Alberto Salcedo is considered one of the best Latin American narrative journalists and is currently a member of the group Nuevos Cronistas de Indias. His reportages have appeared in a variety of magazines, including SoHo, El Malpensante, and Arcadia, from Colombia; Gatopardo and Hoja por hoja, from Mexico; Etiqueta Negra, from Peru; Ecos, from Germany; Diners, from Ecuador; Marcapasos, from Venezuela; and Courrier International, from France, and have been translated into English, French, and German. He has authored El Oro y la Oscuridad: La vida gloriosa y trágica de Kid Pambelé (Random House Mondadori, 2005), De un hombre obligado a levantarse con el pie derecho (Ediciones Aurora, 1999 and 2005), and Diez juglares en su patio (Ecoe Ediciones, 1994), as well as co-authored Manual de Géneros Periodísticos (Ecoe Ediciones, 2005). His work has been published in the anthologies Lo mejor del periodismo de América Latina (FNPI and Fondo de Cultura Económica, 2006), Crónicas latinoamericanas: periodismo al límite (Fundación Educativa San Judas, Costa Rica, 2008), Crónicas SoHo (Aguilar and SoHo, 2008), Años de fuego: grandes reportajes de la última década (Planeta, 2001), Citizens of fear (Universidad de Rütgers, 2001), and Antología de grandes crónicas colombianas (Aguilar, 2004).
His most recent reportage book, La Eterna Parranda, was published by Aguilar and the film production company Paraíso Picture will make a film from his book El Oro y la Oscuridad. Salcedo Ramos has received numerous awards, including the Premio Internacional de Periodismo Rey de España, the Premio Nacional de Periodismo Simón Bolívar (four times), the Premio de la Cámara Colombiana del Libro for the best journalistic book of the year, the Premio al Mejor Documental at the II Jornada Iberoamericana de Televisión in Cuba, and the Excellence in Journalism Award from the Inter American Press Association for his reportage Un país de mutilados. In 2004 he was one of the five shortlisted authors for the Premio Nuevo Periodismo CEMEX+FNPI with his profile El testamento del viejo Mile, published in El Malpensante.
Francine Prose is an American writer and the former president of PEN American Centre, where she also sat on the board of judges for the PEN/Newman’s Own Award. She is a member of the American Academy of Arts and Letters and the American Academy of Arts and Sciences. Prose is the author of sixteen books of fiction. Her novel Blue Angel was a National Book Award finalist and A Changed Man won the Dayton Literary Book Award. Her most recent works of nonfiction include the highly acclaimed Anne Frank: The Book, The Life, The Afterlife and the New York Times bestseller Reading like a writer.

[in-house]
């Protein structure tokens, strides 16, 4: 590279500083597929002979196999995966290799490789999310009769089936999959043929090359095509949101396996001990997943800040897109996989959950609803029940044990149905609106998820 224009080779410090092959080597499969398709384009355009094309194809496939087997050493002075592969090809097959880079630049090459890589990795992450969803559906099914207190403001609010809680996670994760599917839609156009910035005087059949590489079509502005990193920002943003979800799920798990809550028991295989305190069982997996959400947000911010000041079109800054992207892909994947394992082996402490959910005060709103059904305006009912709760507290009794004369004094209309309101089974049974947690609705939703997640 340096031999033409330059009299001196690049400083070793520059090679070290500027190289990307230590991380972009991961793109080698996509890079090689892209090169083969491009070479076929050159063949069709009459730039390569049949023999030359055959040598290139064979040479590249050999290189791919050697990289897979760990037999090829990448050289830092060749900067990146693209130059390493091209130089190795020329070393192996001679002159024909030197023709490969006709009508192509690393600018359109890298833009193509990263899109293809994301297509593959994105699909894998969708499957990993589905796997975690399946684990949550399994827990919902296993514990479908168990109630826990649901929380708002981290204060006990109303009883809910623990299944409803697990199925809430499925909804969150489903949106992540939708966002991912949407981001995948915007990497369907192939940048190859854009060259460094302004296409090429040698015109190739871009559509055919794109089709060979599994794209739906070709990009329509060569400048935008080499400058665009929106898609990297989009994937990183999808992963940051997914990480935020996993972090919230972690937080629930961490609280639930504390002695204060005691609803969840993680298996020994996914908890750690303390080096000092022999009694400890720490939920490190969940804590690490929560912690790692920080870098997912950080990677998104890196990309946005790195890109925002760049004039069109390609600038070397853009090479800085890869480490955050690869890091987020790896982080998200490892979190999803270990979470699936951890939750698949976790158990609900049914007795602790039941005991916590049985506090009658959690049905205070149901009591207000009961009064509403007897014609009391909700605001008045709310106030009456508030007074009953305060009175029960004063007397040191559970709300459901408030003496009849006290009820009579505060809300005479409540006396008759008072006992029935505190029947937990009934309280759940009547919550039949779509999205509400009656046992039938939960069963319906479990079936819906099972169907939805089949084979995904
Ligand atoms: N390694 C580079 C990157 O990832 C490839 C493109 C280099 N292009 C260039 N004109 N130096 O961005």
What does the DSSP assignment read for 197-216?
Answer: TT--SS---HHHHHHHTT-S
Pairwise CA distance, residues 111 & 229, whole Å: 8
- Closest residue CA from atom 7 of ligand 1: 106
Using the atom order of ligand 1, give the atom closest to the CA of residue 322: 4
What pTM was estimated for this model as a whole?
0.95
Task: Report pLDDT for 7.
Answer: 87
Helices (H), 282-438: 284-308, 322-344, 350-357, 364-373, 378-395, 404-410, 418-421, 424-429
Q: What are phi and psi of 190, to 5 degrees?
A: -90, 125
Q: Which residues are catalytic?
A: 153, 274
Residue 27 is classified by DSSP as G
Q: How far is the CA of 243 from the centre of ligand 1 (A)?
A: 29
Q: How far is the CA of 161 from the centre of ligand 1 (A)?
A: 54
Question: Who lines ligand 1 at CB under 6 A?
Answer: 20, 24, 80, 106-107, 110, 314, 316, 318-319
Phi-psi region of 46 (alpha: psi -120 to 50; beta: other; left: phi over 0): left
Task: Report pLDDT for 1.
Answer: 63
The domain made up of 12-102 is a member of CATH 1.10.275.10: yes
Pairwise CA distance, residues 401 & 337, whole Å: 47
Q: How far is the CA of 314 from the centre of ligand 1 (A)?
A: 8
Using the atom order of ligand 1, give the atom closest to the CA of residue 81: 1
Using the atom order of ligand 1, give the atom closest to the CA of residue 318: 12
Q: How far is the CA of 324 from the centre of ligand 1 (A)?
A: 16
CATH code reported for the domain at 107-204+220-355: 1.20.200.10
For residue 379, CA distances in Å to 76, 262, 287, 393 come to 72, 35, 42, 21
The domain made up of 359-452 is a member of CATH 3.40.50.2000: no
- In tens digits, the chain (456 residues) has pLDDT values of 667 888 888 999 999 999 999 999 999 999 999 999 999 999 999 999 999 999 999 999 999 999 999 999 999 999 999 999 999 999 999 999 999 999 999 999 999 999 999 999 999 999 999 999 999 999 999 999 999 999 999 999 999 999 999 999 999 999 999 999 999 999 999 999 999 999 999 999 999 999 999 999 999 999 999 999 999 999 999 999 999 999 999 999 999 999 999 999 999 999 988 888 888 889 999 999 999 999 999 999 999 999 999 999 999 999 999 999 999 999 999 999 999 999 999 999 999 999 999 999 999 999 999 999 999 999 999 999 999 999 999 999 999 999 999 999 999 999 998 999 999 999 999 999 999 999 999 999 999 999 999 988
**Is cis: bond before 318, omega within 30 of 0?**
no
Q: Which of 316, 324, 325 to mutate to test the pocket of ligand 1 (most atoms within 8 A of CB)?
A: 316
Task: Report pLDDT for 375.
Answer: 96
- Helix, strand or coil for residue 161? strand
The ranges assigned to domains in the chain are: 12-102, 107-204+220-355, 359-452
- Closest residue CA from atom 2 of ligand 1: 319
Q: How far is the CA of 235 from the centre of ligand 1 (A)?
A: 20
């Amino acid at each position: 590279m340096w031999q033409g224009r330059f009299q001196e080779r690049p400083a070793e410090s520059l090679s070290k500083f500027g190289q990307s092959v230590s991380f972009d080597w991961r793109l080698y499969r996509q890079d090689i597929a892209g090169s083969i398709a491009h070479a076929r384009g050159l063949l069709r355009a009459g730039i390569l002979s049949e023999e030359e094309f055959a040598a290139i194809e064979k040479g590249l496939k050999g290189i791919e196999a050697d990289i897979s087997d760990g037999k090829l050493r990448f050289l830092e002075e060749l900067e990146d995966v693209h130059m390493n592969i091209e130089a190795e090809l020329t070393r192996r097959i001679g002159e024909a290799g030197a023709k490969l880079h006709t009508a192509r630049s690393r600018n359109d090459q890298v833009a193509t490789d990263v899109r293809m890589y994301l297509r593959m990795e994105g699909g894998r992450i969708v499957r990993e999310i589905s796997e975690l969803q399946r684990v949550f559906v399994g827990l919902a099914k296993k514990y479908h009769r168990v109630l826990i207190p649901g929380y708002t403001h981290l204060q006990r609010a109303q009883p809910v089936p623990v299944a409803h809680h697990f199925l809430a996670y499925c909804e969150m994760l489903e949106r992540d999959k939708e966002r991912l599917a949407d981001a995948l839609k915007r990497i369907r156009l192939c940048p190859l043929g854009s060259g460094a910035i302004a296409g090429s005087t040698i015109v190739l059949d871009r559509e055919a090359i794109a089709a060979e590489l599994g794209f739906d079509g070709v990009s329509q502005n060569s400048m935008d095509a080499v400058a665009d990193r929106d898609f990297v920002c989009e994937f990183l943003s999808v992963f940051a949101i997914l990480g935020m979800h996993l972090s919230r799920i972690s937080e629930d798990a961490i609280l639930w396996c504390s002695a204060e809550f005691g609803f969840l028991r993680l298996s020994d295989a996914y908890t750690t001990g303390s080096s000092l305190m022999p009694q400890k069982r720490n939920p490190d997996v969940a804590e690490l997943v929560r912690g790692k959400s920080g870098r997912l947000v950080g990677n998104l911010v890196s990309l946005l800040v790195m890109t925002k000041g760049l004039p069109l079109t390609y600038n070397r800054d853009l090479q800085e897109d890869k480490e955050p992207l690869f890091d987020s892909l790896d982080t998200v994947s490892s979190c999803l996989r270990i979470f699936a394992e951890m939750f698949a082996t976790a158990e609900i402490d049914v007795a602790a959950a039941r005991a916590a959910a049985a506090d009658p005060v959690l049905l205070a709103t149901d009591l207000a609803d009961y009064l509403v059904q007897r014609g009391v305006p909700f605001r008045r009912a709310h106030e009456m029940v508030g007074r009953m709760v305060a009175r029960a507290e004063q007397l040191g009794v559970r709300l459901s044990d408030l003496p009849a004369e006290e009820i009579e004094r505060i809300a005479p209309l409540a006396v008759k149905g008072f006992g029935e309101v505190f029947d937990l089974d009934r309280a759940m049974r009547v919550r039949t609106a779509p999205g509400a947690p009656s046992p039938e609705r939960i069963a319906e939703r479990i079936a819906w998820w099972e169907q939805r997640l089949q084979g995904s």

Mario Jursich was born in Valledupar, Cesar on June 4, 1964 and studied philosophy and arts at the Universidad Javeriana. His broad experience as a staff editor includes his work at the Fondo Cultural Cafetero, Zona Ltda., and Tercer Mundo Editores. He has also done commissioned work for Editorial Norma, Editorial Planeta, Alfaguara, Círculo de Lectores, Intermedio, Banco de la República, and Carlos Valencia Editores. Jursich has translated Gesualdo Bufalino and Alessandro Baricco books for the publishing house Norma as well as numerous articles and short stories for the magazine El Malpensante. He has published essays in magazines such as Número, Semana, SoHo, and the Banco de la República’s Cultural and Bibliographical Bulletin. Recently one of his works was included in the Antología latinoamericana de la crónica actual (Alfaguara, 2012). Jursich was the anchorman for the Señal Colombia TV program Culturama. He has published three books: a poetry book, Glimpses; a bibliographic collection, Casimiro Eiger: Chronicles of art; and an essay, The Virgin Mary: Faith and adventure in Colombia. In November 2012 Idartes will publish Una historia de la salsa en Bogotá, which Jursich edited. In recent years he has been an associate professor of literary journalism at the Universidad Javeriana and for the masters in journalism at the Universidad de los Andes. Jursich is a founding member and current director of the magazine El Malpensante.